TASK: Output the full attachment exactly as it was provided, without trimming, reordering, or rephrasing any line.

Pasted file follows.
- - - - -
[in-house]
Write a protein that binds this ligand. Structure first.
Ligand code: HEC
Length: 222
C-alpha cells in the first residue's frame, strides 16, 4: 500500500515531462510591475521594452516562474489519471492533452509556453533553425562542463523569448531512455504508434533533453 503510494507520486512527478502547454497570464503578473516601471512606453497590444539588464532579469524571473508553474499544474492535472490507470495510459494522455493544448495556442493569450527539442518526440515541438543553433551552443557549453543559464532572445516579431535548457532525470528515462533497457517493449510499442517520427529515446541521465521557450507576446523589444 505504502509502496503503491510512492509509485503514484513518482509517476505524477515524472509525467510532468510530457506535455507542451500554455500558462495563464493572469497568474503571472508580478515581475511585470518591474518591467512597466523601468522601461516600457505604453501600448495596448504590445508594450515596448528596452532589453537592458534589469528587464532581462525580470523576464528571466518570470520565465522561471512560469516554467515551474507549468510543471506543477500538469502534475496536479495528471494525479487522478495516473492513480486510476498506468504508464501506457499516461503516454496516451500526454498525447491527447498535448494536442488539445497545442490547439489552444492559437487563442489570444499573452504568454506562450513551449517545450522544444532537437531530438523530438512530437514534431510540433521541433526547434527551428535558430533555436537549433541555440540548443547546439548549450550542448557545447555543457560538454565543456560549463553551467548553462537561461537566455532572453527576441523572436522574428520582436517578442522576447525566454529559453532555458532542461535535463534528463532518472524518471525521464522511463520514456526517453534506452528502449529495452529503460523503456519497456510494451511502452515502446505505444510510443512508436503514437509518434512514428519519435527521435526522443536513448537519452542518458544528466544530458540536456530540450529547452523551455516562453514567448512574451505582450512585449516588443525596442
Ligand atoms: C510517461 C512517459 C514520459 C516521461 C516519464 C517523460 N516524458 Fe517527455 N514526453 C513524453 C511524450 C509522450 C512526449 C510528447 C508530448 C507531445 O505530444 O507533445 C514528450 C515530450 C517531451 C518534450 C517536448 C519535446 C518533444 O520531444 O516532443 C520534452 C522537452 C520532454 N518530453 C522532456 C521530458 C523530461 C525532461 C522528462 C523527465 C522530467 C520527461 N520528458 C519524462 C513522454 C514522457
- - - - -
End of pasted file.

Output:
[in-house]
Write a protein that binds this ligand. Structure first.
Ligand code: HEC
Length: 222
C-alpha cells in the first residue's frame, strides 16, 4: 500500500515531462510591475521594452516562474489519471492533452509556453533553425562542463523569448531512455504508434533533453 503510494507520486512527478502547454497570464503578473516601471512606453497590444539588464532579469524571473508553474499544474492535472490507470495510459494522455493544448495556442493569450527539442518526440515541438543553433551552443557549453543559464532572445516579431535548457532525470528515462533497457517493449510499442517520427529515446541521465521557450507576446523589444 505504502509502496503503491510512492509509485503514484513518482509517476505524477515524472509525467510532468510530457506535455507542451500554455500558462495563464493572469497568474503571472508580478515581475511585470518591474518591467512597466523601468522601461516600457505604453501600448495596448504590445508594450515596448528596452532589453537592458534589469528587464532581462525580470523576464528571466518570470520565465522561471512560469516554467515551474507549468510543471506543477500538469502534475496536479495528471494525479487522478495516473492513480486510476498506468504508464501506457499516461503516454496516451500526454498525447491527447498535448494536442488539445497545442490547439489552444492559437487563442489570444499573452504568454506562450513551449517545450522544444532537437531530438523530438512530437514534431510540433521541433526547434527551428535558430533555436537549433541555440540548443547546439548549450550542448557545447555543457560538454565543456560549463553551467548553462537561461537566455532572453527576441523572436522574428520582436517578442522576447525566454529559453532555458532542461535535463534528463532518472524518471525521464522511463520514456526517453534506452528502449529495452529503460523503456519497456510494451511502452515502446505505444510510443512508436503514437509518434512514428519519435527521435526522443536513448537519452542518458544528466544530458540536456530540450529547452523551455516562453514567448512574451505582450512585449516588443525596442
Ligand atoms: C510517461 C512517459 C514520459 C516521461 C516519464 C517523460 N516524458 Fe517527455 N514526453 C513524453 C511524450 C509522450 C512526449 C510528447 C508530448 C507531445 O505530444 O507533445 C514528450 C515530450 C517531451 C518534450 C517536448 C519535446 C518533444 O520531444 O516532443 C520534452 C522537452 C520532454 N518530453 C522532456 C521530458 C523530461 C525532461 C522528462 C523527465 C522530467 C520527461 N520528458 C519524462 C513522454 C514522457